Actress Jennifer Hudson credits walking for jump-starting her 80-pound weight loss success, but walking for weight-loss is still more likely to conjure images of seniors in sweat-suits or the dreaded Mall Walkers than svelte Hollywood actresses. That's a shame, because walking is one of the easiest, cheapest and most pleasant ways to burn calories, fight fat and get in shape. It works the body's major muscle groups in tandem, raises your heart rate and can help lower your blood pressure (with a fraction of the impact running has on your joints).
Want to make the most of your walking time? Here are a few tips.
How Many Calories Does Walking Burn?
It depends on how fast you're walking, and (like any activity) how much you weigh. Here's a good estimate of what you burn when you stroll or speed walk:
Source: "Compendium of Physical Activities: An update of activity codes and MET intensities." Med Sci Sports Exerc 2000;32 (Suppl):S498-S516.
Speed. Short, brisk walks are better for burning fat than walking long-distances but taking your time about it. Researchers from the University of Virginia tested this by having one group of women take three shorter, fast-paced walks per week (in addition to two longer, moderate-paced ones) and another group take five moderate speed strolls. The walks were designed so both groups of women burned the same number of calories (400) per session. The speed walkers, however, lost 5 times more belly fat than the control group, 3 times more fat from their thighs and 4 times more total body fat.More vigorous walking can also increase afterburn (the number of calories your body uses post-exercise), so while both groups may have burned 400 calories each during their walks, the more vigorous walkers were more likely to keep burning calories faster throughout the day. "Aim to walk 3 to 4 miles per hour," Mayo Clinic nutritionist Katherine Zeratsky recommends.
What About Weights?
Should you add hand or ankle weights during walks to intensify your workout or increasing calorie-burning potential? Don't do it, says Therese Iknoian, author of Fitness Walking and Mind-Body Fitness for Dummies. "In most cases, carrying weights burns only a fraction more calories, while setting you up for potential injury because your natural walking movement gets thrown askew, ligaments and tendons are weakened and stretched, or blood pressure increases from gripping the hand weights."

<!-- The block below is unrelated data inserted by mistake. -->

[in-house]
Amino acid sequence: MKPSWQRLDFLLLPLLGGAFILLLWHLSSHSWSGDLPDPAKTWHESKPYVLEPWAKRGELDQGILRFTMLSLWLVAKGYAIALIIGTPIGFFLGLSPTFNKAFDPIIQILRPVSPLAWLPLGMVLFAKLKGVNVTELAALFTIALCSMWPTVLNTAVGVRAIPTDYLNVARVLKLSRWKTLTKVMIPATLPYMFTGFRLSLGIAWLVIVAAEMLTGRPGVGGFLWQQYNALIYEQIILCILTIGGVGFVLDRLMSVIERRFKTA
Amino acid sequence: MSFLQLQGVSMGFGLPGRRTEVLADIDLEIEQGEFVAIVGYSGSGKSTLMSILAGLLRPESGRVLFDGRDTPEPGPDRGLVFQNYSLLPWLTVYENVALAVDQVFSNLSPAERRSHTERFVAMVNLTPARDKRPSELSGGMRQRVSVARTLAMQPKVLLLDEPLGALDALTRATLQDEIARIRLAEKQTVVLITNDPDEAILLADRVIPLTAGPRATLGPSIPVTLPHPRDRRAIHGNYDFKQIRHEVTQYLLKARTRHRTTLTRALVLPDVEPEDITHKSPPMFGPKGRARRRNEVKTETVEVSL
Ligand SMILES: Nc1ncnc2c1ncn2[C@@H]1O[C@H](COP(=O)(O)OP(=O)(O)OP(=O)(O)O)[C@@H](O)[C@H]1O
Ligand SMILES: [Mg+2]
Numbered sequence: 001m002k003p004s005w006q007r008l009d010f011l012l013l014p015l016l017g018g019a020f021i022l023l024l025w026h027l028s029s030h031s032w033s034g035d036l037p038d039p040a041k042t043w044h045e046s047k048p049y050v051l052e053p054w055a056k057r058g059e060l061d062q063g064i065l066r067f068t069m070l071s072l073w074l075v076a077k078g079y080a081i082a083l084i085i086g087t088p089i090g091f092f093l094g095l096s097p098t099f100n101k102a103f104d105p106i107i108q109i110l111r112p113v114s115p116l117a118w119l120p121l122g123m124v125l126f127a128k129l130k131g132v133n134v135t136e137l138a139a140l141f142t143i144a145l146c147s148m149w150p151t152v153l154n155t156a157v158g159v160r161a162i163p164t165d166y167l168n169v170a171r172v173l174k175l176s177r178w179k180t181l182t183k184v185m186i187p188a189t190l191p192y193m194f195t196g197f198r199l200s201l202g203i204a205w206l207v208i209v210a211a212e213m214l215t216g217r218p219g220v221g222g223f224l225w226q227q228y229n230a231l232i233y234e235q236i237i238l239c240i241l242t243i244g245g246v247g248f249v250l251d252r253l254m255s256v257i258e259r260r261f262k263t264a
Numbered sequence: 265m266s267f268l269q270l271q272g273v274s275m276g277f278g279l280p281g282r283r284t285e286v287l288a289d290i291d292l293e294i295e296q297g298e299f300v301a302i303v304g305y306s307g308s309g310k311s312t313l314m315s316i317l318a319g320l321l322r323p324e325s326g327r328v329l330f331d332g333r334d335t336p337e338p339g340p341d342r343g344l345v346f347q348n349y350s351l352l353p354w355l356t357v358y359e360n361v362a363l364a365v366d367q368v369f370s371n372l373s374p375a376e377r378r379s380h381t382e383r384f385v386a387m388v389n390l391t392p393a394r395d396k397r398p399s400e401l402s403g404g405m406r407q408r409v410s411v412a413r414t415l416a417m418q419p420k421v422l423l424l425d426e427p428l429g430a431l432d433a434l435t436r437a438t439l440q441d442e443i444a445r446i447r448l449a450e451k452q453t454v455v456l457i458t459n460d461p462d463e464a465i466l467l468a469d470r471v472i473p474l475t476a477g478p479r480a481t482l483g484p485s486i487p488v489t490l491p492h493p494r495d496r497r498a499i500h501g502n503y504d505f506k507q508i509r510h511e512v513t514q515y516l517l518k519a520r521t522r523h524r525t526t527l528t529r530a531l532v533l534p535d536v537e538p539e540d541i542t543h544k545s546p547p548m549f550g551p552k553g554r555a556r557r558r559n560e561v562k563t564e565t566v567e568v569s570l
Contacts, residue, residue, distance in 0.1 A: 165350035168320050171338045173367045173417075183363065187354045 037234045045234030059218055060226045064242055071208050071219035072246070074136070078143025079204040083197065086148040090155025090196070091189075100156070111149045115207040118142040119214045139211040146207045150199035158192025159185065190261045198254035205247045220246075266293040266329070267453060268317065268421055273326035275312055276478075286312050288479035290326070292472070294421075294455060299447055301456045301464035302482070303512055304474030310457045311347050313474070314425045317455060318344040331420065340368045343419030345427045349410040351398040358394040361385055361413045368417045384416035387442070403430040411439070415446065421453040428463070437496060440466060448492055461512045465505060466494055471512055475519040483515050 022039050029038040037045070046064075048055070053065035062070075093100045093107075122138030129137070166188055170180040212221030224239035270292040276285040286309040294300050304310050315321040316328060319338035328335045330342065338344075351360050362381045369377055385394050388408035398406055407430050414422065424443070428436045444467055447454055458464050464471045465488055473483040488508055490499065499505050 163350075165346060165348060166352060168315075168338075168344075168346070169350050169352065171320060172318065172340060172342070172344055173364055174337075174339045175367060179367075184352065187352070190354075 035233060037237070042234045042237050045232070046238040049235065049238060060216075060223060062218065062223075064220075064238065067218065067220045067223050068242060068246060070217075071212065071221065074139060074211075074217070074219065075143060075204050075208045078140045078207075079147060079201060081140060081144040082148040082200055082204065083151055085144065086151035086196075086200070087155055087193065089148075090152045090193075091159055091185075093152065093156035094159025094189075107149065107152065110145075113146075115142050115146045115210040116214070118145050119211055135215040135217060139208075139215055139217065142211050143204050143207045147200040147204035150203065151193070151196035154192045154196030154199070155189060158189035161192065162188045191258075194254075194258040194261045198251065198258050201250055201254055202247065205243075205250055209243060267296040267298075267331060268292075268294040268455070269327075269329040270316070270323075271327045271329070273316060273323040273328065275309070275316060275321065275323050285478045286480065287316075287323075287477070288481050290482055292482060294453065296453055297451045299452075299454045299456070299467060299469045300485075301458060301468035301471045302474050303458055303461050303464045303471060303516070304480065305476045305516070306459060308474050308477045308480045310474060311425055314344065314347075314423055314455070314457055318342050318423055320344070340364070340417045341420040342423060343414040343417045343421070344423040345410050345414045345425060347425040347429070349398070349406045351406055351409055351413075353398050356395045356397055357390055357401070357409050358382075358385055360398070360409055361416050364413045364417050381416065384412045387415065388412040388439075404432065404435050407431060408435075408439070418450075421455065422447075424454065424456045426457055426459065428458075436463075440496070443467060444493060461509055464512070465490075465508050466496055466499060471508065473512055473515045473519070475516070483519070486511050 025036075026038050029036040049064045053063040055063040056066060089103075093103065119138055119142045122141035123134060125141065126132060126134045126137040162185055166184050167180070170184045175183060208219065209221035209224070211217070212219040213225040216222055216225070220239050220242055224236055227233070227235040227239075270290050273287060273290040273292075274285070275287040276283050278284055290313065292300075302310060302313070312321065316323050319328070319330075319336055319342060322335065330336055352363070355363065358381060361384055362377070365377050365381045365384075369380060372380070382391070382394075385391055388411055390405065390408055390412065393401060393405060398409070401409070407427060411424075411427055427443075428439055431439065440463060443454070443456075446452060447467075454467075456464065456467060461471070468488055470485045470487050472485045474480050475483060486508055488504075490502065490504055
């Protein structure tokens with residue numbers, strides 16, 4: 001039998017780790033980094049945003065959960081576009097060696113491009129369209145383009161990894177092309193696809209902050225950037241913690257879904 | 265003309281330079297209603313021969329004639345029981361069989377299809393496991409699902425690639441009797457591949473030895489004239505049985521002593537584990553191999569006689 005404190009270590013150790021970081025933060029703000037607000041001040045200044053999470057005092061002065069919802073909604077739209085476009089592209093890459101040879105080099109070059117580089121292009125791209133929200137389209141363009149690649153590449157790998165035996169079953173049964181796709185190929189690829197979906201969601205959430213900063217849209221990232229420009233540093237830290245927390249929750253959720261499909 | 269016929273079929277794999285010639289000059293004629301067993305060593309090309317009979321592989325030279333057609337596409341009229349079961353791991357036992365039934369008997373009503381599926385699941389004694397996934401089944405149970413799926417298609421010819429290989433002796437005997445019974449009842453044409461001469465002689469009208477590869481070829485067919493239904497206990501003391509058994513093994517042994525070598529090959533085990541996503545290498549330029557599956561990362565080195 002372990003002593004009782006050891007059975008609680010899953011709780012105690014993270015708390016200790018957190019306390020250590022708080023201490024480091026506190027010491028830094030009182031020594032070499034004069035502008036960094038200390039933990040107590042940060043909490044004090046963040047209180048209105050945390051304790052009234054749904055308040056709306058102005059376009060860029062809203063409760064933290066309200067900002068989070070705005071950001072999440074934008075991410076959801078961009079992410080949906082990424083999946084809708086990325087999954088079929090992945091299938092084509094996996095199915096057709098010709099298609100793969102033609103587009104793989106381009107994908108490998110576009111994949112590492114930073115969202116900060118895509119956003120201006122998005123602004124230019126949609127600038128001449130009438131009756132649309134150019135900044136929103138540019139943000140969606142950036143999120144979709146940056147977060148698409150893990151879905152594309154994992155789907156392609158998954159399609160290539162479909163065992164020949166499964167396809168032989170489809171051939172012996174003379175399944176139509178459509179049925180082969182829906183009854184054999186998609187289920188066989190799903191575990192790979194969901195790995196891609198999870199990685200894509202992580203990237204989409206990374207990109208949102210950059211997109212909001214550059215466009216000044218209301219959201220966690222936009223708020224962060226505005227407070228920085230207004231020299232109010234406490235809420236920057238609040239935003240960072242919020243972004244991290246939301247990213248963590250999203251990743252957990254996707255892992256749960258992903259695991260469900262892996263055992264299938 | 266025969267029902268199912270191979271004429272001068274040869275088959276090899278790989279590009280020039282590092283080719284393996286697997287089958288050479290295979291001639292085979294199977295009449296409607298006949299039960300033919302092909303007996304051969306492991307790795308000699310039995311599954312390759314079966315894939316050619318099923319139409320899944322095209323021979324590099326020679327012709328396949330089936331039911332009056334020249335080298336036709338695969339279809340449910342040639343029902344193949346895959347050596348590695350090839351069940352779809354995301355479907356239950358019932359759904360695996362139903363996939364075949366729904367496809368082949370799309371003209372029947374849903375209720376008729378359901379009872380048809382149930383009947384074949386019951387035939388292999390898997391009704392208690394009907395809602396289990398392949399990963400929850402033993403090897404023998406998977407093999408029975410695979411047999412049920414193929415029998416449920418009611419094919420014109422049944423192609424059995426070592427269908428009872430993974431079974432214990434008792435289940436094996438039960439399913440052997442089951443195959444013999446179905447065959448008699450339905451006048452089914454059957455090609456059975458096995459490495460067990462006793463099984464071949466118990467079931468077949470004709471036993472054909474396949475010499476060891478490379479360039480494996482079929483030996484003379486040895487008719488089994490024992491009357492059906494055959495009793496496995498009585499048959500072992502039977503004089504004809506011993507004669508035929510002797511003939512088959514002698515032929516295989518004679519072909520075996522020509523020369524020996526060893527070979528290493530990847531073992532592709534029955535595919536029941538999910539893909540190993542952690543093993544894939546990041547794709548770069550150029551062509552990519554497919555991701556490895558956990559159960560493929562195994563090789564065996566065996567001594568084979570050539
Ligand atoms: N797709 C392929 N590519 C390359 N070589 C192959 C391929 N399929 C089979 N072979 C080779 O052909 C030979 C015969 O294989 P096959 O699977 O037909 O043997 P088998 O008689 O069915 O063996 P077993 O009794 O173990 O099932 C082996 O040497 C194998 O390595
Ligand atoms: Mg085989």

Instead of using weights to intensify your walk, simply step up your pace, Iknoian recommends. Going form a 3-mph pace to a 4-mph pace, for instance, will increase calories used per minute by about 50%.
What About Toning?
You can walk your way to sleek shoulders, a sculpted back and toned arms without any added equipment, says outdoor fitness expert Tina Vindum, who demonstrates various techniques for Fitness magazine. Basically, the more you move your arms while walking, the better-this is no time for trying to look cool. So for starters, go ahead and swing your arms as you walk, holding them about 45 to 90 degrees from your body, with your elbows bent, and pushing one arm forward while pulling the other arm back in a steady rhythm. A proper arm swing will keep your upper body engaged, provide some toning, loosen your shoulders and neck, and help you move forward faster. You can always finish off your workout with a few minutes of weights or resistance training to provide extra upper-body sculpting.
How Often Should You Walk?
If you're just walking for general health benefits, try 30 minutes per day, 5-6 days per week, at a moderate pace (fast enough that you have elevated breathing, but not so fast you couldn't carry on a conversation). For cardio health, try 20-30 minutes of very fast walking, 3-4 days per week. To lose weight, try walking a minimum of 5 days per week for 45-60 minutes at a brisk pace.
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